Attorney: Iowa Sports Betting Probe Based On ‘Warrantless Search’

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Iowa sports betting

In an explosive filing Monday, an attorney for a pair of ex-Iowa State University student-athletes charged in the ongoing Iowa sports betting probe accused a Division of Criminal Investigation (DCI) agent of using a “warrantless search” to obtain evidence.

The court motion was filed by attorney Van Plumb, who represents former Cyclone football players Isaiah Lee and Eyioma Uwazurike

LSR reached out to DCI for comment, but has not heard back yet.

Why Lee, Uwazurike were charged

Both Lee and Uwazurike pleaded not guilty after being charged in the Iowa sports betting probe with identity theft and tampering with court records

Lee allegedly bet on his own team to lose in 2021. Uwazurike allegedly placed two wagers on games he played in during that same year. 

Uwazurike, who plays for the Denver Broncos, also was suspended for at least the 2023 NFL season after betting involving Denver the previous season. 

Iowa sports betting filing at a glance

The Monday court motion followed a Jan. 19 deposition of DCI agents working the probe. 

“The State’s argument that ‘DCI agents began to identify irregular online/mobile sports wagging activity originating from state organizations that regularly participate in sanctioned sports wagering contests’ was actually the result of Special Agent Brian Sanger conducting a warrantless search on Iowa and Iowa State’s campuses,” the filing reads. 

The filing says Sanger used a monitoring tool called Kibana to geofence and check into freshman and sophomore dormitories at Iowa “without any tips, complaints or evidence that underage gambling was occurring.” 

Lawyer on why Sanger is in the wrong

Sanger was able to see that online sports betting apps were open in the area. However, he could not see not specific bets or identifying information about who was using those accounts.

Sanger asked his superior to continue the investigation and was told no. 

Nevertheless, the filing says Sanger then targeted the athletic facility in a similar manner “without reasonable cause.” This time, his superiors allowed him to continue the probe.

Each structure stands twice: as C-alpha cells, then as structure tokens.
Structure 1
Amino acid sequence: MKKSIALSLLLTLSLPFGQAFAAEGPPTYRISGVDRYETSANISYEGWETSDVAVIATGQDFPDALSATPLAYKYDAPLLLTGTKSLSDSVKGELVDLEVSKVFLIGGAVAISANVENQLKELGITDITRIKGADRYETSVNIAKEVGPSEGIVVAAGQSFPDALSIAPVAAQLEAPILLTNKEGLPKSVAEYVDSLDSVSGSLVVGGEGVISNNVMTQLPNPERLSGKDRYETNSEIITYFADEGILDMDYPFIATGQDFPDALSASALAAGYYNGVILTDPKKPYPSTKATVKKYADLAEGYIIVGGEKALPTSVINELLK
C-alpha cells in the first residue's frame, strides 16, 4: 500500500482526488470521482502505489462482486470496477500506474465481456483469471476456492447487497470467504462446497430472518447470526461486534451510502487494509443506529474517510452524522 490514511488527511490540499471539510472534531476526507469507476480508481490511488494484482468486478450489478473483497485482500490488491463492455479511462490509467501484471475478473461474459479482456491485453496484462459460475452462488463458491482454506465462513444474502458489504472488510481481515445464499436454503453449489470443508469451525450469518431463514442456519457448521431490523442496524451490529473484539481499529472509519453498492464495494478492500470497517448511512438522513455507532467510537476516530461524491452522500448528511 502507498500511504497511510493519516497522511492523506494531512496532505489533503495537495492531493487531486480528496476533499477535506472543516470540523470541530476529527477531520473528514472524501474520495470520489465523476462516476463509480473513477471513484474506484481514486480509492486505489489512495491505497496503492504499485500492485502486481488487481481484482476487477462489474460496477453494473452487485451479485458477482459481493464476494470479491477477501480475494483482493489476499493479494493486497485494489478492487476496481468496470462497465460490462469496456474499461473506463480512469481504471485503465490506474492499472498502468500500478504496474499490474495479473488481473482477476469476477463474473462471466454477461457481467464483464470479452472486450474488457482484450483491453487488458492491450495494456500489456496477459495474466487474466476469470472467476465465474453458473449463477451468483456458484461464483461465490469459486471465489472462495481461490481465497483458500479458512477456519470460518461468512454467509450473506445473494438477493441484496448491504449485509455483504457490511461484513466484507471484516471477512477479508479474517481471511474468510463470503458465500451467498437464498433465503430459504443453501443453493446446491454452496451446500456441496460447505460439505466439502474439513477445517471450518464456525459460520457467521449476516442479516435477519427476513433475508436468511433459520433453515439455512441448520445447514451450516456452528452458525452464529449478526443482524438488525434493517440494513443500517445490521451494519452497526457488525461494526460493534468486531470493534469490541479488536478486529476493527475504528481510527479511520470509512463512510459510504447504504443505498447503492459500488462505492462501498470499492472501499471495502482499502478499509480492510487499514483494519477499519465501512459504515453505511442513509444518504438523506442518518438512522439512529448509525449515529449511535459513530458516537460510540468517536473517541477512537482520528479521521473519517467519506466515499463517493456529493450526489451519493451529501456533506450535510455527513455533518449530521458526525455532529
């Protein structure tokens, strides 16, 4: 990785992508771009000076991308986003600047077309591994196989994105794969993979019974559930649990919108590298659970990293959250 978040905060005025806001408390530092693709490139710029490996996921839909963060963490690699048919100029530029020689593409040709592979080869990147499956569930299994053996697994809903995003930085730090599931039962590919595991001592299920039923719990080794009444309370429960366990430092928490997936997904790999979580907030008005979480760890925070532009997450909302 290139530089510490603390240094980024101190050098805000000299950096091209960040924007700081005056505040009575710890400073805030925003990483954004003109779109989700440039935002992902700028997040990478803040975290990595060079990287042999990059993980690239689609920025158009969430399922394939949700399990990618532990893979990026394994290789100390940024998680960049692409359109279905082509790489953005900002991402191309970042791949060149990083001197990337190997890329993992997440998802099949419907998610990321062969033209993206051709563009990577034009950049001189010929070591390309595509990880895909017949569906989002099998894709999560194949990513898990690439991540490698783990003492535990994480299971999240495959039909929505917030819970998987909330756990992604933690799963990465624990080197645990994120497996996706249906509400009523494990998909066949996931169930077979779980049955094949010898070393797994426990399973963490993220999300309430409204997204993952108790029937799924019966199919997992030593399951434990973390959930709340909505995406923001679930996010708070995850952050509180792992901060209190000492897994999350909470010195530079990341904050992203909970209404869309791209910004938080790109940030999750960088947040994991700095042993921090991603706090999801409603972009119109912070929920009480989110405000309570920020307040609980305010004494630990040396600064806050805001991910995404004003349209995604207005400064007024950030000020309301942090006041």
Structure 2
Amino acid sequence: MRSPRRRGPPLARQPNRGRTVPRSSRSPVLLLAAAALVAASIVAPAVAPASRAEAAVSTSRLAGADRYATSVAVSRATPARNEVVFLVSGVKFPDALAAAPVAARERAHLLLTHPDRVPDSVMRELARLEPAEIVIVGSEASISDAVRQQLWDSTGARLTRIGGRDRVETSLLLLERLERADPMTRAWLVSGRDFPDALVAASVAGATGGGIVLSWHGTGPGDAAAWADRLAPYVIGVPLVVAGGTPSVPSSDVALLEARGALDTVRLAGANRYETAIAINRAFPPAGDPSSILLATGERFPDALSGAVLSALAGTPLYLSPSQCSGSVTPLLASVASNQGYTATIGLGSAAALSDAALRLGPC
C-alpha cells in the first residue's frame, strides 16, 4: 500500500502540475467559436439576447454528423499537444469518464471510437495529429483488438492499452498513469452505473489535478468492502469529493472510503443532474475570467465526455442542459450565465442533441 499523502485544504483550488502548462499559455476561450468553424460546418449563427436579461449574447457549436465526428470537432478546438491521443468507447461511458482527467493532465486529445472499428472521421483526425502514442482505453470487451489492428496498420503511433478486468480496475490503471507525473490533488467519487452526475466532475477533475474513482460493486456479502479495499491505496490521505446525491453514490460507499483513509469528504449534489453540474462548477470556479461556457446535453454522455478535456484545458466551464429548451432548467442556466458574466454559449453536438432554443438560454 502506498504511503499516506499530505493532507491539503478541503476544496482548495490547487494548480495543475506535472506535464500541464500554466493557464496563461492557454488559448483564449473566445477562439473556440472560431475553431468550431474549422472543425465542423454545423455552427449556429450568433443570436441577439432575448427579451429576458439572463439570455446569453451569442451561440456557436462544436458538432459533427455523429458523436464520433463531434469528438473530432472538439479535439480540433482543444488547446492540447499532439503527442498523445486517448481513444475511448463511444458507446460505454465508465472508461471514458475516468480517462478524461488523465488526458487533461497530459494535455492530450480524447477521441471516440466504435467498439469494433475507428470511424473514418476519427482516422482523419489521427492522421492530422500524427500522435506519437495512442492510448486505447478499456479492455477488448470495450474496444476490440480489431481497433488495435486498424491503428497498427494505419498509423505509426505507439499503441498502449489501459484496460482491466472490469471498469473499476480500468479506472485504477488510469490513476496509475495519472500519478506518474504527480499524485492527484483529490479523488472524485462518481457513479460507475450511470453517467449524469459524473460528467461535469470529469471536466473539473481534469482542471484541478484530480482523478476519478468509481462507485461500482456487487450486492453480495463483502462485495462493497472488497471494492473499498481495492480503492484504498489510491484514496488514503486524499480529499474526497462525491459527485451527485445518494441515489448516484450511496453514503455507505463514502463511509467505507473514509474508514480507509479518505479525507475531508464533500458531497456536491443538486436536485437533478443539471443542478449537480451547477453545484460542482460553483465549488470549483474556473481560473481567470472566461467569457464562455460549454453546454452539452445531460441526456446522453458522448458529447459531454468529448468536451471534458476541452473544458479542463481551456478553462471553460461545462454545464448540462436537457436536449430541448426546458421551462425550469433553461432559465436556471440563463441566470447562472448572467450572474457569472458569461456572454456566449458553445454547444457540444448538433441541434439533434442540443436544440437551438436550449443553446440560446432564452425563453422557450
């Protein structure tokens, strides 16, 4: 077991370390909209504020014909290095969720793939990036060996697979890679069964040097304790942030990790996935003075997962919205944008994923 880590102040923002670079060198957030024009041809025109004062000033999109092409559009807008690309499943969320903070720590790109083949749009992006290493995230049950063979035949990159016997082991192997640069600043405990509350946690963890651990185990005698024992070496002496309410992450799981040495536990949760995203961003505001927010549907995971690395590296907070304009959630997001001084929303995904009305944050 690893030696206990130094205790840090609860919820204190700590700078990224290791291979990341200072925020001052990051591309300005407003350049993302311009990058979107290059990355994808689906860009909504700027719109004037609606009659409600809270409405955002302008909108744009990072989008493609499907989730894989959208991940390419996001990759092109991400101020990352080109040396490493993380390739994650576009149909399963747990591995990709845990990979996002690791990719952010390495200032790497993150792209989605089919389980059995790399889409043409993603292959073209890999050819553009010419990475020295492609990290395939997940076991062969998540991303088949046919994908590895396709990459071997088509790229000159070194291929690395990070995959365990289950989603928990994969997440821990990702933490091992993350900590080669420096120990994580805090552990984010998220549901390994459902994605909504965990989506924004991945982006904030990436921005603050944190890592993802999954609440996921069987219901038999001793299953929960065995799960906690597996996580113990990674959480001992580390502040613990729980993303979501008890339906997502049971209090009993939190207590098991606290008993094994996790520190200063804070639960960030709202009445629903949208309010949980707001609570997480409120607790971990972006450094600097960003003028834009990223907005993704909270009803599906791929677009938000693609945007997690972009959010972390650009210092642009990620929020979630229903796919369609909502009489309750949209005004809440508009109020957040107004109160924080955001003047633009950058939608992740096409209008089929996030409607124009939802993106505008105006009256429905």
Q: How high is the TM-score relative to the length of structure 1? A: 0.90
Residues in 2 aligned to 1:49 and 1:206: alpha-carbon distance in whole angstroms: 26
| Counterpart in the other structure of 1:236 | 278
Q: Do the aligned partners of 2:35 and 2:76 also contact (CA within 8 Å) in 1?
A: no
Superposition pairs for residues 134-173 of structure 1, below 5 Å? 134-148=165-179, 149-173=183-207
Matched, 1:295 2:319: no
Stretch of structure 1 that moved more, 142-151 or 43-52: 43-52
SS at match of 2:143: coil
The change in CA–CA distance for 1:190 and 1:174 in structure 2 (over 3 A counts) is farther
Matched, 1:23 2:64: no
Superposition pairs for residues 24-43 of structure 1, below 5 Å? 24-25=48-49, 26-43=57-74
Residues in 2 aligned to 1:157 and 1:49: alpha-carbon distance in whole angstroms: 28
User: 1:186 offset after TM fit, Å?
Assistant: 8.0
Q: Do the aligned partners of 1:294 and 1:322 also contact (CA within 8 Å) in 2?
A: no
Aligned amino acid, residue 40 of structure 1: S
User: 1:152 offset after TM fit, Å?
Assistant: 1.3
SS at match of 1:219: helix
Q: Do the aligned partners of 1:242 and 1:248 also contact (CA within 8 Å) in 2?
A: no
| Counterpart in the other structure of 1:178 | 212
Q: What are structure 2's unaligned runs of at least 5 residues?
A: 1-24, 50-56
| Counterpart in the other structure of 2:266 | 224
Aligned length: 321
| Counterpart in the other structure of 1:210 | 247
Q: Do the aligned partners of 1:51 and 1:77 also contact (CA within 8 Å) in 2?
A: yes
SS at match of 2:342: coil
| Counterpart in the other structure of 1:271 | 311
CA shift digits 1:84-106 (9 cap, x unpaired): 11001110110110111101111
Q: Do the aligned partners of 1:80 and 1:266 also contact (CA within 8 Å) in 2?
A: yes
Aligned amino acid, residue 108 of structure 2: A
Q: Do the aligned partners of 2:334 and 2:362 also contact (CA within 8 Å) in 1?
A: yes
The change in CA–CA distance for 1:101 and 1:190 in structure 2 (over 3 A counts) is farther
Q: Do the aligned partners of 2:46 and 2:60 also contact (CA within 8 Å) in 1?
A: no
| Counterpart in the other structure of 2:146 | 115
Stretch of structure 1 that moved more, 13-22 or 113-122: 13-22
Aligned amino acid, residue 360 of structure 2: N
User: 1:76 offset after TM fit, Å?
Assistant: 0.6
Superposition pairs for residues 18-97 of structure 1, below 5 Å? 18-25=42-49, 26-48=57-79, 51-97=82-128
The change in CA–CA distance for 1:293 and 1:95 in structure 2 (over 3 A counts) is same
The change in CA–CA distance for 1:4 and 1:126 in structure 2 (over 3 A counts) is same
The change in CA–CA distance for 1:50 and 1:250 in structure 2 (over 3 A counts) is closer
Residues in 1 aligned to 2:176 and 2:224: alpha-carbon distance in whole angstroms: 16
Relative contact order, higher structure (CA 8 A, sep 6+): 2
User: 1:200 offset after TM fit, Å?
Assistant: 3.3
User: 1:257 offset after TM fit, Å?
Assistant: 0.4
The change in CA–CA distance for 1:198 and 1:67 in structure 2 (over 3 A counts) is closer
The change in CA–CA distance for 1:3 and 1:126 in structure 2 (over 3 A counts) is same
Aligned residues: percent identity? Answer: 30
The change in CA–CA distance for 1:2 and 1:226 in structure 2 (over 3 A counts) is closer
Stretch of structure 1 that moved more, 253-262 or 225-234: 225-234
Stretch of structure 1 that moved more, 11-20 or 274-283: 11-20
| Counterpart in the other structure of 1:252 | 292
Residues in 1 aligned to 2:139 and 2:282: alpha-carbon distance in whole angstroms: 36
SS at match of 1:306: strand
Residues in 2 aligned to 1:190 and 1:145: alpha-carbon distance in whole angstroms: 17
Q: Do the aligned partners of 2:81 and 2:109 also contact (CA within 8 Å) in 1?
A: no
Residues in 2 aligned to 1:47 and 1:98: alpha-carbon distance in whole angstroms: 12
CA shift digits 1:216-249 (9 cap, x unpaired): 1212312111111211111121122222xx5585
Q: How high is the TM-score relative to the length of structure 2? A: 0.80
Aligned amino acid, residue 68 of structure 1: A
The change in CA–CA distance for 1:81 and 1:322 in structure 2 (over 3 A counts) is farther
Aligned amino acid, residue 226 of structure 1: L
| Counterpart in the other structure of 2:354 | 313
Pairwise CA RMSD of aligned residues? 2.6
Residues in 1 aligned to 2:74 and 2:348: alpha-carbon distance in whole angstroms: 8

“The result was the indictment of a handful of Iowa’s Student Athletes even though the privacy of hundreds had been invaded,” the filing reads. “During Special Agent Sanger’s deposition on January 19, 2024, he says he cannot remember why he decided to conduct the warrantless searches but that he was concerned about things such as people infiltrating Iowa’s sports team to gain insider information or match fixing.” 

Status of Iowa sports betting cases

Nine of the 15 student-athletes charged in the case pleaded down to a lesser charge of gambling underage. The majority of the others had their charges dismissed due to lack of evidence

Gaming legal expert John Holden spoke to LSR about the ramifications of this filing. 

“These are shocking revelations that will raise significant questions about these cases moving forward,” Holden told LSR. “It also helps to put in place some details that had been missing just as to who these athletes were identified. While this very well could spell the end for the criminal investigations, schools need to focus on the underlying issue that athletes are lacking the necessary education.” 

Integrity partnership for education

In August 2023, the Big 12 Conference partnered with US Integrity. US Integrity had visited several campuses in the conference that summer to provide sports betting education to student athletes. 

“Schools also need to accept that sports gambling is not some taboo (issue) that is being engaged with by a small handful of people on campus, it is widely legal and talked about in mainstream outlets. The issue on campuses is likely much bigger than many appreciate,” Holden said.

“Unfortunately, the reliance on the same education programs and scared straight models of gambling education is not proving sufficient education. It is time for schools to move on to more effective education solutions that resonate with students and reflect the realities of where sports gambling currently is in American society.”